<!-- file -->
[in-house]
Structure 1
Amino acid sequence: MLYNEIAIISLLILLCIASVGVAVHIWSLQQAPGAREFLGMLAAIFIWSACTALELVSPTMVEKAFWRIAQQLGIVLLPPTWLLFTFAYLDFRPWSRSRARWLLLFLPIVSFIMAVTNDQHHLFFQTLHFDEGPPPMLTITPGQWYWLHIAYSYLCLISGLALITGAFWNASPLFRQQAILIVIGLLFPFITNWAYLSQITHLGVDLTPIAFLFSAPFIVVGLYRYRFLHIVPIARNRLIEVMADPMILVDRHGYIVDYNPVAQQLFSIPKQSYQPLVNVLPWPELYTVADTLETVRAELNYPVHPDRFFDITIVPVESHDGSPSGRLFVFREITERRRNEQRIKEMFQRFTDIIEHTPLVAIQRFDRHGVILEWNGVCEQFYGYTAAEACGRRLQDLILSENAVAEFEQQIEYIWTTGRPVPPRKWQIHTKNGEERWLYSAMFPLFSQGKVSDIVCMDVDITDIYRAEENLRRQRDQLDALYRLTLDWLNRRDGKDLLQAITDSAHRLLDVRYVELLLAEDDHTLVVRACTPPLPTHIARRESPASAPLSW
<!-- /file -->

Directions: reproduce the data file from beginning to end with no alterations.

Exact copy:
[in-house]
Structure 1
Amino acid sequence: MLYNEIAIISLLILLCIASVGVAVHIWSLQQAPGAREFLGMLAAIFIWSACTALELVSPTMVEKAFWRIAQQLGIVLLPPTWLLFTFAYLDFRPWSRSRARWLLLFLPIVSFIMAVTNDQHHLFFQTLHFDEGPPPMLTITPGQWYWLHIAYSYLCLISGLALITGAFWNASPLFRQQAILIVIGLLFPFITNWAYLSQITHLGVDLTPIAFLFSAPFIVVGLYRYRFLHIVPIARNRLIEVMADPMILVDRHGYIVDYNPVAQQLFSIPKQSYQPLVNVLPWPELYTVADTLETVRAELNYPVHPDRFFDITIVPVESHDGSPSGRLFVFREITERRRNEQRIKEMFQRFTDIIEHTPLVAIQRFDRHGVILEWNGVCEQFYGYTAAEACGRRLQDLILSENAVAEFEQQIEYIWTTGRPVPPRKWQIHTKNGEERWLYSAMFPLFSQGKVSDIVCMDVDITDIYRAEENLRRQRDQLDALYRLTLDWLNRRDGKDLLQAITDSAHRLLDVRYVELLLAEDDHTLVVRACTPPLPTHIARRESPASAPLSW